If you’re looking through reviews of Room, wondering whether or not to try it, my advice would be to stop looking, and experience the book without any preconceptions.
I knew the basic premise, of a 5 year old boy’s view of his captive life in a small room, and that was all. Once I started, I found the book very hard to put down. Jack’s view of his world is so well done, and as others have said, I now miss his thoughts and his voice.
So go on, stop reading the reviews, and move on to the book! 🙂
For those who would like to know a little more…
Room opens on Jack’s fifth birthday. His mother, who he calls Ma, was kidnapped seven years ago, and has been held captive in a small room ever since. It is therefore all that Jack knows.
His voice is one of innocence, so as we learn more about their situation, and his mother’s experiences, it’s told in a simple way – which somehow makes it more heartbreaking.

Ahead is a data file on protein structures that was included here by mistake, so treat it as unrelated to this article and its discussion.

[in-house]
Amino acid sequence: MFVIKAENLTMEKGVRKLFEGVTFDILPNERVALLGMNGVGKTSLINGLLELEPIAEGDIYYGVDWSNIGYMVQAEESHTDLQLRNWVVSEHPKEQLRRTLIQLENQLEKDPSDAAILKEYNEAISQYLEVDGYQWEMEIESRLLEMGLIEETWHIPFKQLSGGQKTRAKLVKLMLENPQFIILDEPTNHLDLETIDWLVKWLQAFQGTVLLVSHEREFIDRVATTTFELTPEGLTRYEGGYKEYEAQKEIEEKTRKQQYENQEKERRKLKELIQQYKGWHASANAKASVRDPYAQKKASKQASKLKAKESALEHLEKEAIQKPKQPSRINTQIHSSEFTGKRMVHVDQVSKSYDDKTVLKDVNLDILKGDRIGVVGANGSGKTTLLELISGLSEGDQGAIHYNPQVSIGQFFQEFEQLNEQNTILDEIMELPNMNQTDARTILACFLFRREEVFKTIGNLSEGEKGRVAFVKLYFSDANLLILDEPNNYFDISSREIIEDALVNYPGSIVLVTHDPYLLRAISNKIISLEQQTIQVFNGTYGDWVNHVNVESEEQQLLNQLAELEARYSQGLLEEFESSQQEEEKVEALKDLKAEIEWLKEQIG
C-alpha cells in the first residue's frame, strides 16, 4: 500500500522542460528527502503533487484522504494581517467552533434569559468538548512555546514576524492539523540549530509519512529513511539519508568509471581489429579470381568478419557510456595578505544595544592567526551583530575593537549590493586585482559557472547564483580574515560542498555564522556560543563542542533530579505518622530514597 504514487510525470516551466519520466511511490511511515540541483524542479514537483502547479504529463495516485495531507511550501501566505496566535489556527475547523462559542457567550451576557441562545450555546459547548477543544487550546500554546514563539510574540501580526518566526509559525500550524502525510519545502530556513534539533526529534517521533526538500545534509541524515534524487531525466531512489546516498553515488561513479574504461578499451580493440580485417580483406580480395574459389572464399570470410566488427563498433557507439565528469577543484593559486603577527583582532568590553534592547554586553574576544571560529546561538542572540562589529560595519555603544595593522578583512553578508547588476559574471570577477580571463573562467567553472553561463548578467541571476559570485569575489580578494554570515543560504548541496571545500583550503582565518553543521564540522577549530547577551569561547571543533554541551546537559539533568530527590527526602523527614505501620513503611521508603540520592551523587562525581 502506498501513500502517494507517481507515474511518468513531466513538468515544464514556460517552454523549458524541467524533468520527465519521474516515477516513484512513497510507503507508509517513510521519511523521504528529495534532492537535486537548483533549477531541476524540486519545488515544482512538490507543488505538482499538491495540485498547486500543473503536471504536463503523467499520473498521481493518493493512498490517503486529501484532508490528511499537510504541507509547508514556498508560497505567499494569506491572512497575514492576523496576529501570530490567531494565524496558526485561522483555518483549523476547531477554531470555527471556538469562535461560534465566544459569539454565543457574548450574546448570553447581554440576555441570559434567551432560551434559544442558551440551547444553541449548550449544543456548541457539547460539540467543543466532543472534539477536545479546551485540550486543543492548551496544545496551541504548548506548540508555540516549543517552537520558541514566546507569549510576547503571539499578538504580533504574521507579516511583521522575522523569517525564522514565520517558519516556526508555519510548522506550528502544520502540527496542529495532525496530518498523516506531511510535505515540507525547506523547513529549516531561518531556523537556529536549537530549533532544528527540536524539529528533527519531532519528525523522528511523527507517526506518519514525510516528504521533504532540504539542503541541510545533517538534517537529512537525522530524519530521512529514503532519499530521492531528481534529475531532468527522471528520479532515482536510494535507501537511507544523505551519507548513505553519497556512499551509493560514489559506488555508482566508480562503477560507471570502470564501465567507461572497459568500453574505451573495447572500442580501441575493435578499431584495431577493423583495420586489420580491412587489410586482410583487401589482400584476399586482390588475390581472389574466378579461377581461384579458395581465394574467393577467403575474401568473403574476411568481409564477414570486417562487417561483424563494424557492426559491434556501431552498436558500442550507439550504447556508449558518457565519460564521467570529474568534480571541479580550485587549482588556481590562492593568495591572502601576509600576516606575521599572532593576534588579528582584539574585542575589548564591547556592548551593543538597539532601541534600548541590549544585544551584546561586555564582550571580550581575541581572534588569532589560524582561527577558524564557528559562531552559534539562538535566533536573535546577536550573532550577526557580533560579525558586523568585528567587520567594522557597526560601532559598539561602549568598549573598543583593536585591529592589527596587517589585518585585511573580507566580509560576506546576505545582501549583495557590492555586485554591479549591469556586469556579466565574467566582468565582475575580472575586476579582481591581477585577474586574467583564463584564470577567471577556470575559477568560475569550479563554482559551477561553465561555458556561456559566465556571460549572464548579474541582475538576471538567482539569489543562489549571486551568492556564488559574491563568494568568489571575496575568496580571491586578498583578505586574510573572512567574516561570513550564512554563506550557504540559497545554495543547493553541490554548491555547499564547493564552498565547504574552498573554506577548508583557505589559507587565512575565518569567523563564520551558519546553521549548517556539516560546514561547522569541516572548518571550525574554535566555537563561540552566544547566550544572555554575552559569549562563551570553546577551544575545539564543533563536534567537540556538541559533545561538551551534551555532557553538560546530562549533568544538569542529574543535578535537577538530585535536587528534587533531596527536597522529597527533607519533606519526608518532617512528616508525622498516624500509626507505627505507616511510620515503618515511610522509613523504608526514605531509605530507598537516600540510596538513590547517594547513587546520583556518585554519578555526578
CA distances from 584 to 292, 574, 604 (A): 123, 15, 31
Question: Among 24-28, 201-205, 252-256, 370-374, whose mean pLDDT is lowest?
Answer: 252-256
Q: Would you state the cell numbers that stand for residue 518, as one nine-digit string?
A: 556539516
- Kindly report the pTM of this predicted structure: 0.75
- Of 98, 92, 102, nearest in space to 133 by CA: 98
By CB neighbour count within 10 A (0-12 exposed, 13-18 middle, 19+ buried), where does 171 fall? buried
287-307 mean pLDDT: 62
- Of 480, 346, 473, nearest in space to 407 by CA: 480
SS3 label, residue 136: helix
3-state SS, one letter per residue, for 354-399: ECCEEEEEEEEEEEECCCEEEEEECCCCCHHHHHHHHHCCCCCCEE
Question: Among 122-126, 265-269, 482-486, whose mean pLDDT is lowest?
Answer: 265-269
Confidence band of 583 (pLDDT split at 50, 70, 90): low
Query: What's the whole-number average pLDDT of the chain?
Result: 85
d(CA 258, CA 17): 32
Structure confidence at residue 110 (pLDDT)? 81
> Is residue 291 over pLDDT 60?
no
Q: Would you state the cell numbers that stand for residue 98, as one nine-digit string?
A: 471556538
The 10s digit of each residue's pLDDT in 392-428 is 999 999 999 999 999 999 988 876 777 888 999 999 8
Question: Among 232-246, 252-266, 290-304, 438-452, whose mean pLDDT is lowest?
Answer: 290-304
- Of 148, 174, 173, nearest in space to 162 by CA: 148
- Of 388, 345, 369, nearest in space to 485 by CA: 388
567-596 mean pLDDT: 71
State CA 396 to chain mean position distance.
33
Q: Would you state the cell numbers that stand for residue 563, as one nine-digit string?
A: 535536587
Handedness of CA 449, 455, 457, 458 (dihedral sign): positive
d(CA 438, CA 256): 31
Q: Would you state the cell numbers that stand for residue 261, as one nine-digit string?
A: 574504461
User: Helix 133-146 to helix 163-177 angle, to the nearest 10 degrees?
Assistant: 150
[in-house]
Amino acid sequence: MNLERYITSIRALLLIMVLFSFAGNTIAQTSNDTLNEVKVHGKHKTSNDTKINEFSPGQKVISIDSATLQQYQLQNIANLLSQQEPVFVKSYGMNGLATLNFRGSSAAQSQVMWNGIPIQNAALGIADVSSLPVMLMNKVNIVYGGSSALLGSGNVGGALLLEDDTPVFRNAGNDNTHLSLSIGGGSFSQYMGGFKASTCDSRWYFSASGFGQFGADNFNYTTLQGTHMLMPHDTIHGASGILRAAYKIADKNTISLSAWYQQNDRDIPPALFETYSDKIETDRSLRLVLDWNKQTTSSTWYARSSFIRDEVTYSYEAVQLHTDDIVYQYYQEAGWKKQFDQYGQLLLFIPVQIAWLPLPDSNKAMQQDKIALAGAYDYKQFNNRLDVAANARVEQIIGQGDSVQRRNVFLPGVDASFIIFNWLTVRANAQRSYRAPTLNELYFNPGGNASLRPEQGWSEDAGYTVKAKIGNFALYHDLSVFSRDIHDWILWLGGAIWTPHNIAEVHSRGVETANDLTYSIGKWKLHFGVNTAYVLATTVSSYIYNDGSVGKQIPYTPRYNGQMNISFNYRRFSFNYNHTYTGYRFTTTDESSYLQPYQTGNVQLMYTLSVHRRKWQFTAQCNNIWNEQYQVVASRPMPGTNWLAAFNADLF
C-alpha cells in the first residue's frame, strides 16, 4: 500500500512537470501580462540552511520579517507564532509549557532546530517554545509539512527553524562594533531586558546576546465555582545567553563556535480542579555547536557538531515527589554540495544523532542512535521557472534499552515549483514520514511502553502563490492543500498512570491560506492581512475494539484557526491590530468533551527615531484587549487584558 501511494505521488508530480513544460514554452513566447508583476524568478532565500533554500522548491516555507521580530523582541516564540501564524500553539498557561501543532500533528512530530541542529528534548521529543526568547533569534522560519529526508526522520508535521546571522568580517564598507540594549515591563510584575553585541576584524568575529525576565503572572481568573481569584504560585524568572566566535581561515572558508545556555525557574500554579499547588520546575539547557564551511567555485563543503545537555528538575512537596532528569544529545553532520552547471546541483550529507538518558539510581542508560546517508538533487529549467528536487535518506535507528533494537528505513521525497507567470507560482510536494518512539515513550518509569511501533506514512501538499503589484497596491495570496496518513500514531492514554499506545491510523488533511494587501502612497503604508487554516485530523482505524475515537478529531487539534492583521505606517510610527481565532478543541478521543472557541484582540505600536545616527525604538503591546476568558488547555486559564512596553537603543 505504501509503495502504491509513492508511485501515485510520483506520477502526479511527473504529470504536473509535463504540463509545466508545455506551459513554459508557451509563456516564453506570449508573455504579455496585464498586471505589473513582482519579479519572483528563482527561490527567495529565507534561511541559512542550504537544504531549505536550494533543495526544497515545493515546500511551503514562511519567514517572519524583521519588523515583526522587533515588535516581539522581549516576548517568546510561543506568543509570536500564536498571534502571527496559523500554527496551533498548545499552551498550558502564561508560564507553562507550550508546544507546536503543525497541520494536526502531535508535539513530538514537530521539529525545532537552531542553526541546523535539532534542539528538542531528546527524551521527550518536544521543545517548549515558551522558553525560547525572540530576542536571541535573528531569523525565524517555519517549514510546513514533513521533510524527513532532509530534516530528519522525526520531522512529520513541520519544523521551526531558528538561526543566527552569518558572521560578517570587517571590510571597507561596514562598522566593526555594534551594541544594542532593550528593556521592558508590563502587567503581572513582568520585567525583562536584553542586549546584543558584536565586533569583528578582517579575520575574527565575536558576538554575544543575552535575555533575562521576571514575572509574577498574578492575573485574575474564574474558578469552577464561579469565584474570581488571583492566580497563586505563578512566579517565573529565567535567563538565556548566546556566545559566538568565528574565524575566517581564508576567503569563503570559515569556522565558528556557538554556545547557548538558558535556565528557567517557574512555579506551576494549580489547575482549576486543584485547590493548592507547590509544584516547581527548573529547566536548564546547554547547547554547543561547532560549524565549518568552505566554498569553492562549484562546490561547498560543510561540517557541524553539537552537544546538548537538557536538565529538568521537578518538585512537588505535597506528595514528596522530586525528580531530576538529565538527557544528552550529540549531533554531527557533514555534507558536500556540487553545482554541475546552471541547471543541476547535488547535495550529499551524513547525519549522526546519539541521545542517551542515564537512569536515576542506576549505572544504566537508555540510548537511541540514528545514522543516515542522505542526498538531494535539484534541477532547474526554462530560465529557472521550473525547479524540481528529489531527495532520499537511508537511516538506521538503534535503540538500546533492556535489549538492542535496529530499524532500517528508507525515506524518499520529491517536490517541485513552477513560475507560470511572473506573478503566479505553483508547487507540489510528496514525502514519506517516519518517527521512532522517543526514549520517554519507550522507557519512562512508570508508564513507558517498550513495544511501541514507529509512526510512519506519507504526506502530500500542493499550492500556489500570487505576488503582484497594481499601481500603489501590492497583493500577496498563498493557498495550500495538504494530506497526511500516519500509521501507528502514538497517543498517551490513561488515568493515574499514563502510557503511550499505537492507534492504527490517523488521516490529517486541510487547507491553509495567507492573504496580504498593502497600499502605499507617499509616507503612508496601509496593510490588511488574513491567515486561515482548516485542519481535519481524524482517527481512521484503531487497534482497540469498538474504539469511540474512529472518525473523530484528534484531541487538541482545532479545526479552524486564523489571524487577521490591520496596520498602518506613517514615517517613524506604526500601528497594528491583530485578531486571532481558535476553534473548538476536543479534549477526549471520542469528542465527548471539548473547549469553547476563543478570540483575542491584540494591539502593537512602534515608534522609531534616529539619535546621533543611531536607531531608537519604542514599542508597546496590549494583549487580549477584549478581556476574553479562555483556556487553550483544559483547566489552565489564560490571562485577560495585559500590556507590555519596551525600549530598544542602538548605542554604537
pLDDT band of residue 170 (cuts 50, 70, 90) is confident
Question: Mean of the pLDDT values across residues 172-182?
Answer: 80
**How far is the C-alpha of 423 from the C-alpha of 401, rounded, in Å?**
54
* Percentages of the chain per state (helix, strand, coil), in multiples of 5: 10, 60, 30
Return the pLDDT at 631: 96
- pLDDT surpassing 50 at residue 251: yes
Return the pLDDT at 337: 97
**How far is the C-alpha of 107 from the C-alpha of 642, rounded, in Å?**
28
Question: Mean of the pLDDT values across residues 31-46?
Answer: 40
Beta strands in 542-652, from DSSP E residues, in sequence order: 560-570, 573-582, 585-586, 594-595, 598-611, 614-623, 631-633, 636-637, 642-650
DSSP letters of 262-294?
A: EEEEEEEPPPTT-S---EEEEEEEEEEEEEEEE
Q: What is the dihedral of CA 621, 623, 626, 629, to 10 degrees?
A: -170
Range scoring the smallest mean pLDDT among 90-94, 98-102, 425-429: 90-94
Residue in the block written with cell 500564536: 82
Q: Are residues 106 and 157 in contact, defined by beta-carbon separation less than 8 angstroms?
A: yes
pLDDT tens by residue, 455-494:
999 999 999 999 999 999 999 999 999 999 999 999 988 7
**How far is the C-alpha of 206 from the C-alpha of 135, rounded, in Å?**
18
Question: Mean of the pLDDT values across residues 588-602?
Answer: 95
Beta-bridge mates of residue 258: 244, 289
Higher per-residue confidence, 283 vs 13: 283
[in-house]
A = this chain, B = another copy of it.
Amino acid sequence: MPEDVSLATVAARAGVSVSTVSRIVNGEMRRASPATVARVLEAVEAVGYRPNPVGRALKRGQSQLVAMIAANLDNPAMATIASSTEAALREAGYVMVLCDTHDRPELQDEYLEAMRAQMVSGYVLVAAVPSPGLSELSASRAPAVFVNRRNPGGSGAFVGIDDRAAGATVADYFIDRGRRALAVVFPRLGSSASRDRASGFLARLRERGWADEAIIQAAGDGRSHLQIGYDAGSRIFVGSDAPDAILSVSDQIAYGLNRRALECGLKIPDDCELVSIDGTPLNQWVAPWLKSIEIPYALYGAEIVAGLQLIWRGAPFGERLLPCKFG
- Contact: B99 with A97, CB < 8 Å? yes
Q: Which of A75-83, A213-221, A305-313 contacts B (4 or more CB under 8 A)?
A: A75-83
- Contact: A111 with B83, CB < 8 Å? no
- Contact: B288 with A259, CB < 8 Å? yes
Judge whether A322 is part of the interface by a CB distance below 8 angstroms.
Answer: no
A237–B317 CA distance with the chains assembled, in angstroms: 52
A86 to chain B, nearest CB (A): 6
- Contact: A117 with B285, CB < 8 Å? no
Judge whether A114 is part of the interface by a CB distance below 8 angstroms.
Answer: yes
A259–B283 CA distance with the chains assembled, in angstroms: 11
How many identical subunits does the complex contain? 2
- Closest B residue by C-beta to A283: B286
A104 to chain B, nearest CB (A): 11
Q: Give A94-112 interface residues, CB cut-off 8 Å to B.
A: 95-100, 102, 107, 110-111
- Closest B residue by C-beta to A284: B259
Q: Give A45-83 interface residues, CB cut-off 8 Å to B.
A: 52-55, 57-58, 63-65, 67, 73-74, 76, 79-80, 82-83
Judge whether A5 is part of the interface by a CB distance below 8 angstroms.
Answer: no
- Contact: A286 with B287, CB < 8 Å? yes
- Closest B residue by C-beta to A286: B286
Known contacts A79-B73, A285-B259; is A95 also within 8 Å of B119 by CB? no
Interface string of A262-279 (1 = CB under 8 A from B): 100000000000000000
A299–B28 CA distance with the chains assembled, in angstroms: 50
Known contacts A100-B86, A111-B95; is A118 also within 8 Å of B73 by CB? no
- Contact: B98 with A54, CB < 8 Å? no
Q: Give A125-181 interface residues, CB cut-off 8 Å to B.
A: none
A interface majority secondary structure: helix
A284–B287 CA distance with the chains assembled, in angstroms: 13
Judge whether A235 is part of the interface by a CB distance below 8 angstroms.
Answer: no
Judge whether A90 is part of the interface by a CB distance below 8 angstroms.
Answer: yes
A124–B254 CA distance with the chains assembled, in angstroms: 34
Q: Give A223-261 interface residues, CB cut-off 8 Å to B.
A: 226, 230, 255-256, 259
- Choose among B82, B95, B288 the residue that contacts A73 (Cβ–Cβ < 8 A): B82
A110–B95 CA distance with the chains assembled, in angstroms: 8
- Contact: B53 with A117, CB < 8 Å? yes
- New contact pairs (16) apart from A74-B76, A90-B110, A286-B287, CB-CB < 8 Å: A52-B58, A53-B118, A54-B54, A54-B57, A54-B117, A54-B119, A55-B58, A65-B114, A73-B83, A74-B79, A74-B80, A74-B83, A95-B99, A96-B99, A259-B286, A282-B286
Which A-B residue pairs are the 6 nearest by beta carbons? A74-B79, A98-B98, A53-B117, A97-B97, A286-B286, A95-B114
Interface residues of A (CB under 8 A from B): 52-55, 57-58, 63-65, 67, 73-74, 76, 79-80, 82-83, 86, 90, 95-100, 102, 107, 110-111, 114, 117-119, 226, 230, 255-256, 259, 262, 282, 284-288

The second half of the book is told after they manage to escape, and as you would expect, they both have difficulty adapting. Some reviewers have said that they would have liked to have heard Ma’s side of the story during this second half. I wouldn’t have wanted to lose Jack’s voice, but Ma’s may have added something. Because, that’s my only real criticism of the book, that the second half seems to go on just a tiny bit too long. I personally wanted more of their life together, before the escape – of Ma’s love and patience, and of Jack’s innocent views. However, adding Ma’s voice to the second half may also have been a solution.
This isn’t however, enough to distract from a fascinating book. Despite the subject matter, it’s actually a warm, uplifting story. You can’t help but fall in love with them both, and it’s a story that won’t leave me for some time.